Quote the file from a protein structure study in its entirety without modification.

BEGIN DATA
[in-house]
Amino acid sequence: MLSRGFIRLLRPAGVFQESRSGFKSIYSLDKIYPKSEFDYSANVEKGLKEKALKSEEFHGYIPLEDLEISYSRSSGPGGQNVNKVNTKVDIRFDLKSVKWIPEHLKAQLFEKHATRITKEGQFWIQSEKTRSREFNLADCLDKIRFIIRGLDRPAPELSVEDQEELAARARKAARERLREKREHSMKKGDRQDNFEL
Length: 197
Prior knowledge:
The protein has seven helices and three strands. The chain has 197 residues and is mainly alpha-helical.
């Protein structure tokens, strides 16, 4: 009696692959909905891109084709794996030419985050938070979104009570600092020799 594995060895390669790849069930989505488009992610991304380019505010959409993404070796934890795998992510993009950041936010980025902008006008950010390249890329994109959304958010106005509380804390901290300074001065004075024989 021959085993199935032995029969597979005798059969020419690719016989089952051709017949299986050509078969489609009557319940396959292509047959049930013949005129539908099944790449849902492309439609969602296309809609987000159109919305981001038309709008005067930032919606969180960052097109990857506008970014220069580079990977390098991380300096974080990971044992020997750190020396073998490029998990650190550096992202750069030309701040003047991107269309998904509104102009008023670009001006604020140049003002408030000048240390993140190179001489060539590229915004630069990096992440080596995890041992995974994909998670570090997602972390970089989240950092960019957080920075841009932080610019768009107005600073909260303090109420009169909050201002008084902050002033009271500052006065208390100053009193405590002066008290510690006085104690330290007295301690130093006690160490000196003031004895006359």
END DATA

[in-house]
Amino acid sequence: MLSRGFIRLLRPAGVFQESRSGFKSIYSLDKIYPKSEFDYSANVEKGLKEKALKSEEFHGYIPLEDLEISYSRSSGPGGQNVNKVNTKVDIRFDLKSVKWIPEHLKAQLFEKHATRITKEGQFWIQSEKTRSREFNLADCLDKIRFIIRGLDRPAPELSVEDQEELAARARKAARERLREKREHSMKKGDRQDNFEL
Length: 197
Prior knowledge:
The protein has seven helices and three strands. The chain has 197 residues and is mainly alpha-helical.
């Protein structure tokens, strides 16, 4: 009696692959909905891109084709794996030419985050938070979104009570600092020799 594995060895390669790849069930989505488009992610991304380019505010959409993404070796934890795998992510993009950041936010980025902008006008950010390249890329994109959304958010106005509380804390901290300074001065004075024989 021959085993199935032995029969597979005798059969020419690719016989089952051709017949299986050509078969489609009557319940396959292509047959049930013949005129539908099944790449849902492309439609969602296309809609987000159109919305981001038309709008005067930032919606969180960052097109990857506008970014220069580079990977390098991380300096974080990971044992020997750190020396073998490029998990650190550096992202750069030309701040003047991107269309998904509104102009008023670009001006604020140049003002408030000048240390993140190179001489060539590229915004630069990096992440080596995890041992995974994909998670570090997602972390970089989240950092960019957080920075841009932080610019768009107005600073909260303090109420009169909050201002008084902050002033009271500052006065208390100053009193405590002066008290510690006085104690330290007295301690130093006690160490000196003031004895006359």